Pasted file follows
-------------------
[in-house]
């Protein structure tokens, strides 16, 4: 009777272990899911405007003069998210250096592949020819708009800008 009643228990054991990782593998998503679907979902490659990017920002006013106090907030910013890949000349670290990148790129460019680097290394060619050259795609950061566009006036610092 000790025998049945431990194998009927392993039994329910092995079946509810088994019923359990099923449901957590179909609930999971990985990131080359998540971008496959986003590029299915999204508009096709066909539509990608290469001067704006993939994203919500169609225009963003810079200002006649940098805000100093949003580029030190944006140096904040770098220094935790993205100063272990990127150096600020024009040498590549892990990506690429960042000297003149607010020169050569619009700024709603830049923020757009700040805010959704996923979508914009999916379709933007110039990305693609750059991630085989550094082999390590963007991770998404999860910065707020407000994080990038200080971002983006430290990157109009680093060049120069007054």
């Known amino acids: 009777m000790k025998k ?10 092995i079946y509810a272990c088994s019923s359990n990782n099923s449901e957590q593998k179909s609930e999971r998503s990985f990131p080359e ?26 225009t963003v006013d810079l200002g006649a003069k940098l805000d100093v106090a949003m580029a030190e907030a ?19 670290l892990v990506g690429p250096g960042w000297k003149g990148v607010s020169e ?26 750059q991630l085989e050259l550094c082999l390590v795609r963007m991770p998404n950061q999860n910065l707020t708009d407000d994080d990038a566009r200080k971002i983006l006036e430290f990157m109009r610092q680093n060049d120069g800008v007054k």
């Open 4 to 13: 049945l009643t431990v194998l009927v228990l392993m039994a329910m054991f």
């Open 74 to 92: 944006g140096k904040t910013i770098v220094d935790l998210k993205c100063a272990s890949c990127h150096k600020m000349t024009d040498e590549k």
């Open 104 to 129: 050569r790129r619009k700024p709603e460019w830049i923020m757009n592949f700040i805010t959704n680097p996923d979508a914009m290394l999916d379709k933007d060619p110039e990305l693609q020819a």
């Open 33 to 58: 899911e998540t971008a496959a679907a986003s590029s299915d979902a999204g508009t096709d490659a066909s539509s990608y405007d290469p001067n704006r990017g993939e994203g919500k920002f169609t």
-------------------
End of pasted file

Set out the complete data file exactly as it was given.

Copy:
[in-house]
């Protein structure tokens, strides 16, 4: 009777272990899911405007003069998210250096592949020819708009800008 009643228990054991990782593998998503679907979902490659990017920002006013106090907030910013890949000349670290990148790129460019680097290394060619050259795609950061566009006036610092 000790025998049945431990194998009927392993039994329910092995079946509810088994019923359990099923449901957590179909609930999971990985990131080359998540971008496959986003590029299915999204508009096709066909539509990608290469001067704006993939994203919500169609225009963003810079200002006649940098805000100093949003580029030190944006140096904040770098220094935790993205100063272990990127150096600020024009040498590549892990990506690429960042000297003149607010020169050569619009700024709603830049923020757009700040805010959704996923979508914009999916379709933007110039990305693609750059991630085989550094082999390590963007991770998404999860910065707020407000994080990038200080971002983006430290990157109009680093060049120069007054």
């Known amino acids: 009777m000790k025998k ?10 092995i079946y509810a272990c088994s019923s359990n990782n099923s449901e957590q593998k179909s609930e999971r998503s990985f990131p080359e ?26 225009t963003v006013d810079l200002g006649a003069k940098l805000d100093v106090a949003m580029a030190e907030a ?19 670290l892990v990506g690429p250096g960042w000297k003149g990148v607010s020169e ?26 750059q991630l085989e050259l550094c082999l390590v795609r963007m991770p998404n950061q999860n910065l707020t708009d407000d994080d990038a566009r200080k971002i983006l006036e430290f990157m109009r610092q680093n060049d120069g800008v007054k």
């Open 4 to 13: 049945l009643t431990v194998l009927v228990l392993m039994a329910m054991f």
């Open 74 to 92: 944006g140096k904040t910013i770098v220094d935790l998210k993205c100063a272990s890949c990127h150096k600020m000349t024009d040498e590549k």
């Open 104 to 129: 050569r790129r619009k700024p709603e460019w830049i923020m757009n592949f700040i805010t959704n680097p996923d979508a914009m290394l999916d379709k933007d060619p110039e990305l693609q020819a």
């Open 33 to 58: 899911e998540t971008a496959a679907a986003s590029s299915d979902a999204g508009t096709d490659a066909s539509s990608y405007d290469p001067n704006r990017g993939e994203g919500k920002f169609t």